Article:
Interview: Gary Smulyan (Grammy Winner & 10 Time Downbeat Magazine Best Baritone Sax) Coming to Alias Coffee 12/15/2022 -By: Rob Smittix

Written by on December 13, 2022

RRX: Where are you based out of?

GS: I live in Yonkers, New York. Just north of New York City.

RRX: Oh Yeah New York City’s hat, I’m familiar, it’s like the extra piece of The Bronx.

GS: Yeah we’re just north of Riverdale which isn’t very far, just near The Bronx border.

RRX: Joe Barna is very excited about this new spot he’s got up here.

GS: Maybe you can tell me a little bit about that. Where are we playing? (Laughs)

RRX: That’s funny.

GS: A café or something, right?

RRX: It’s at a coffee shop but it’s not in a coffee shop. From the way that Joe’s described it, I haven’t been there yet… but apparently there’s this beautiful, perfect sound room that is off of the coffee shop. He says it’s like the perfect jazz setup. He’s already had several successful shows with great turnouts there and this is going to be another one of those! I didn’t go there yet, not because I’m not supportive, it was during the time that I was sick with Bronchitis. Ain’t nobody got time for that! But I’m definitely coming out to this one.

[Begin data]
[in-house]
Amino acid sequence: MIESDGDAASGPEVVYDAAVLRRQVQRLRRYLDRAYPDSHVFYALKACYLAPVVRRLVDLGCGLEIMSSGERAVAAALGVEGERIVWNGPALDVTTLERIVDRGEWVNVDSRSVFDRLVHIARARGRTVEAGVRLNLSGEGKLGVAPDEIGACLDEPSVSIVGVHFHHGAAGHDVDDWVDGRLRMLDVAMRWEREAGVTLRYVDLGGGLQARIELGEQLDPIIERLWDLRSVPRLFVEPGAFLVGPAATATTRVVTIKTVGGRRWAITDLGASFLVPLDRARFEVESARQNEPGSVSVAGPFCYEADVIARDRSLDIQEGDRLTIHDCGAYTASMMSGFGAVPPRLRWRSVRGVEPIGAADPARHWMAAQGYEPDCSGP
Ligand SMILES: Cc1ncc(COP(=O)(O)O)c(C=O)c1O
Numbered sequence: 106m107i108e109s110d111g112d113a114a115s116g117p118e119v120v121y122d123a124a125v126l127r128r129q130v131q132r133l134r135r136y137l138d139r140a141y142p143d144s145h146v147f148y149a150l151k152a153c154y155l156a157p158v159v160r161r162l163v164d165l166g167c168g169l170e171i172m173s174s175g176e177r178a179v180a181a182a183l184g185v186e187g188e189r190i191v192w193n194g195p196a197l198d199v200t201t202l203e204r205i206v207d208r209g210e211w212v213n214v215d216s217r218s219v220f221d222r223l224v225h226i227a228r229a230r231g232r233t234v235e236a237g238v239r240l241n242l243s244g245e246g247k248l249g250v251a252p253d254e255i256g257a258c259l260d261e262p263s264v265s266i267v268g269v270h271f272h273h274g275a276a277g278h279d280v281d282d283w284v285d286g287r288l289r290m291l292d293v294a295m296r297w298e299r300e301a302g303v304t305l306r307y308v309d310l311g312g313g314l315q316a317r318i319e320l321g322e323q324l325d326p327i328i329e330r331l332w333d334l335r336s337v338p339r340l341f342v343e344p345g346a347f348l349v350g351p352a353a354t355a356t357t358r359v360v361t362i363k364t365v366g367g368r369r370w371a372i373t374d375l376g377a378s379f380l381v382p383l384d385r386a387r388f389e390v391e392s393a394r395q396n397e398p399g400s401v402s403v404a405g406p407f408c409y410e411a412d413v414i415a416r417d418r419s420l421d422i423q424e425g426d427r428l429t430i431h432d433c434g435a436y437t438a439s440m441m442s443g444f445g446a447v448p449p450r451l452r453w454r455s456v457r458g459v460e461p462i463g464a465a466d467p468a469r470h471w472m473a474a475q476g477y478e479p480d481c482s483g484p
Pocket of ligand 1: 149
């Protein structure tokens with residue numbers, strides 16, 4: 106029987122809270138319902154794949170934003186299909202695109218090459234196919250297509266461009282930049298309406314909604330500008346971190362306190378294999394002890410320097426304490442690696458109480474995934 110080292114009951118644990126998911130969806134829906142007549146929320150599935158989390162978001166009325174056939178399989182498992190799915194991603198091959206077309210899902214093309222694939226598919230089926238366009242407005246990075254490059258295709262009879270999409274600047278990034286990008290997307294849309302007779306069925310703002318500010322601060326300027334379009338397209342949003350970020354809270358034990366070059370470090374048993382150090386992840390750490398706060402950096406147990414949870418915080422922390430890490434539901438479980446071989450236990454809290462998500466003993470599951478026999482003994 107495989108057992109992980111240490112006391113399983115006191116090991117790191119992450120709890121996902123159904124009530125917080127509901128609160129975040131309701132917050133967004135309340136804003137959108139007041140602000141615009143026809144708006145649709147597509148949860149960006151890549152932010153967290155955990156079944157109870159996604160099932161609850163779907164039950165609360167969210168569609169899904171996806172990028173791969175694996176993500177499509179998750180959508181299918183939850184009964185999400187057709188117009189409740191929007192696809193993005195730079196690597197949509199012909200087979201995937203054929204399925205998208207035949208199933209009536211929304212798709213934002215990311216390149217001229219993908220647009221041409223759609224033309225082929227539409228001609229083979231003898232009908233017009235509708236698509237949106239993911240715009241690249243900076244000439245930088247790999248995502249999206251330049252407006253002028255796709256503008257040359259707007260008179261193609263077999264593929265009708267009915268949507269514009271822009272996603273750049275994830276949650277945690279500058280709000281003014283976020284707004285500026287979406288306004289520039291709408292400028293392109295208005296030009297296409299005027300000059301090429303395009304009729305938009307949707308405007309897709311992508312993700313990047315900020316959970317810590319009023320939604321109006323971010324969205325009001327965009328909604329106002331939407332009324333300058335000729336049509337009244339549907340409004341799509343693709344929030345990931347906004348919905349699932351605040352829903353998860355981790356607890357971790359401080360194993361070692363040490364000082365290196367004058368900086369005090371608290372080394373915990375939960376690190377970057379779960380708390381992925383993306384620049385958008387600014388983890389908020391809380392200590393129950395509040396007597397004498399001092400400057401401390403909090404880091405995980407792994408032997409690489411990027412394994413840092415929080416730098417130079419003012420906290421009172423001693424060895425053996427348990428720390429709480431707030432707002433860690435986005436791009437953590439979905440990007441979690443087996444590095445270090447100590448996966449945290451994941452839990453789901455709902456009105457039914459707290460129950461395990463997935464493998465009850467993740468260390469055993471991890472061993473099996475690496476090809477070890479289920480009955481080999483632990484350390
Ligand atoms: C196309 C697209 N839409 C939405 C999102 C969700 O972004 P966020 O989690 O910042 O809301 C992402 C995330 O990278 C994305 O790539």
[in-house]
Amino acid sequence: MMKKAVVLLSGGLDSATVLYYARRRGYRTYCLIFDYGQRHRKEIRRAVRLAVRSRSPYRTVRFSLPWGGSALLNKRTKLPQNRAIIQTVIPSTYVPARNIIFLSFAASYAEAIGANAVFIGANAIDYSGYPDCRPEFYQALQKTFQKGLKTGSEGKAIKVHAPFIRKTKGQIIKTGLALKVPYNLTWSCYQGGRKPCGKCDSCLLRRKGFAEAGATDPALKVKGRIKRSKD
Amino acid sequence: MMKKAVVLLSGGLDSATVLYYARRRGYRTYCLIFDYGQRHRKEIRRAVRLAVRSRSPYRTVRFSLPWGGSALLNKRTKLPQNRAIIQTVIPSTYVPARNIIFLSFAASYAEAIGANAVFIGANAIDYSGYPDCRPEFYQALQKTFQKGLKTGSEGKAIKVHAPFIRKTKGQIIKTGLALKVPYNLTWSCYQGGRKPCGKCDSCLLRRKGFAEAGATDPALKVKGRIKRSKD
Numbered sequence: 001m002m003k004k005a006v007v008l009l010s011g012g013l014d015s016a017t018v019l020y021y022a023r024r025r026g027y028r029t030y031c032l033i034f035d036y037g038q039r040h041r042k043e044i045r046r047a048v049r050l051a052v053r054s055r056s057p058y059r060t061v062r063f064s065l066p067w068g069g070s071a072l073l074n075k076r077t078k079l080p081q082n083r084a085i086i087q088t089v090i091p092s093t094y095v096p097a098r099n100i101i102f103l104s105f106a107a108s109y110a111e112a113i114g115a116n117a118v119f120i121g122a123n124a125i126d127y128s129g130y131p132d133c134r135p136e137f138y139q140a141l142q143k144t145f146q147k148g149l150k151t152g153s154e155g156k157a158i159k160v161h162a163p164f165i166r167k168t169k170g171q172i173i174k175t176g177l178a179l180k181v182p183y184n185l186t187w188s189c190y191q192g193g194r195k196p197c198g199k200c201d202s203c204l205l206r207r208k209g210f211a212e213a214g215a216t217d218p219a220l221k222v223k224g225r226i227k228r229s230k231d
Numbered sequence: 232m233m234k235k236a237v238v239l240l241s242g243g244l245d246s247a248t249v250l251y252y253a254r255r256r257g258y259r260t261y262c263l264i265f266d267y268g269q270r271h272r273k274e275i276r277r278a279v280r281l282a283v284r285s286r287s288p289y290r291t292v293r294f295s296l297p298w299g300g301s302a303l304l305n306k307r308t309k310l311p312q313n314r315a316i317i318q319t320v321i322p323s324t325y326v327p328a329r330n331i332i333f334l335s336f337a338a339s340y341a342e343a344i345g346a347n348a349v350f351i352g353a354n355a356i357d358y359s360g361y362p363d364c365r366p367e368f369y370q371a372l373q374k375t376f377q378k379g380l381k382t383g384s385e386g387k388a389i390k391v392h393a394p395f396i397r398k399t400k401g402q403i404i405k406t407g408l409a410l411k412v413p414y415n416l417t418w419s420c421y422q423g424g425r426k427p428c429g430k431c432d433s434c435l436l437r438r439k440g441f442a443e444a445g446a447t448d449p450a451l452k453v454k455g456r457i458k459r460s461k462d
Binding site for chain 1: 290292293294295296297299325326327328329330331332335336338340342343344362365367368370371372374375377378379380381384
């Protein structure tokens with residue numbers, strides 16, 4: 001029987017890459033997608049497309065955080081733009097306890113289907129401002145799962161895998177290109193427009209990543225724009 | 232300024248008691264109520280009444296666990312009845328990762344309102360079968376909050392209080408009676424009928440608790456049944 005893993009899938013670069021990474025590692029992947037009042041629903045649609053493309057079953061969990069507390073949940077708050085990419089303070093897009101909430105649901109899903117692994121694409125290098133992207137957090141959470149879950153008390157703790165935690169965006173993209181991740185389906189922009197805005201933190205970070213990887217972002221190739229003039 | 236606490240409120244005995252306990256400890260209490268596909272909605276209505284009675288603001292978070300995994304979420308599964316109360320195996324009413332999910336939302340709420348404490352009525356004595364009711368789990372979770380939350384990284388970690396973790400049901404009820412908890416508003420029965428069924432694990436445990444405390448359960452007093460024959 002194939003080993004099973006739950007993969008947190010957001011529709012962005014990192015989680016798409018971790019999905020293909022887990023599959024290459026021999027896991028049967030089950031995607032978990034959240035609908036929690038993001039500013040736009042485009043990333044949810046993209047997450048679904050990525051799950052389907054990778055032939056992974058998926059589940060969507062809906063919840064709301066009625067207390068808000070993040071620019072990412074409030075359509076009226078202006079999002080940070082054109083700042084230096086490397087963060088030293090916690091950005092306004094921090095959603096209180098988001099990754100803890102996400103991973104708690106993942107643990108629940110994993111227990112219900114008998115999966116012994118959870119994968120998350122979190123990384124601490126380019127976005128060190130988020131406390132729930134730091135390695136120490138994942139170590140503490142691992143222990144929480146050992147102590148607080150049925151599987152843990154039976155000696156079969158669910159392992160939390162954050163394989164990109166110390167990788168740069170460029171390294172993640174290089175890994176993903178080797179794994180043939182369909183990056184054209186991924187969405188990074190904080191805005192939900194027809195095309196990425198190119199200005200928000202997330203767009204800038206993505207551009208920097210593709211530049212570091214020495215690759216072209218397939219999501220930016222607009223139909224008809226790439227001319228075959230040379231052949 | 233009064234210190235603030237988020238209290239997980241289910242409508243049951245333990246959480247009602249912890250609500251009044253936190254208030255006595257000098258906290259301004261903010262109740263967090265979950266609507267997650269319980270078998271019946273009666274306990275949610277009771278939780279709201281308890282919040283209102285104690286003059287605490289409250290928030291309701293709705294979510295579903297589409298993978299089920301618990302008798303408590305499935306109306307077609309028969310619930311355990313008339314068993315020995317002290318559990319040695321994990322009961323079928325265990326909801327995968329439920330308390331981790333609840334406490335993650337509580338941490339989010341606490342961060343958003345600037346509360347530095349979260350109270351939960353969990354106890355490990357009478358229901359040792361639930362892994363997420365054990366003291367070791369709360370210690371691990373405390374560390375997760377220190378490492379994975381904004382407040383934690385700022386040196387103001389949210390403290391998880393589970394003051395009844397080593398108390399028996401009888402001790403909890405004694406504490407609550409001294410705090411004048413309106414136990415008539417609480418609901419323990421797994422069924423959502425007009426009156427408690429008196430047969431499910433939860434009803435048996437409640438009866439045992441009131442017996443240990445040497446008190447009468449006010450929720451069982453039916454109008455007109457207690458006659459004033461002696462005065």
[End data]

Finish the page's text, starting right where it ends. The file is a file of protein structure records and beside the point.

GS: I love coming up to the Capital Region, it’s in Troy, right?

RRX: Yes, this is in Troy.

GS: Every time I come up to Troy, the pressure is on because that’s Nick Brignola’s home territory. Bring your best game every time you play in Troy because the spirit of Nick Brignola is hovering all over the place up there.

RRX: That’s right!

GS: It’s an inspiring place to play.

RRX: And Troy is really up and coming, a lot is starting to happen there.

GS: A lot of it is Joe Barna too. Joe’s the real deal. He creates things and makes music happen. He finds places to play, he finds musicians to play with, he creates venues, he creates opportunities for musicians, both who live there and from out of town. Joe’s making it happen. I tip my hat off to him for all of the hard work that’s he’s doing.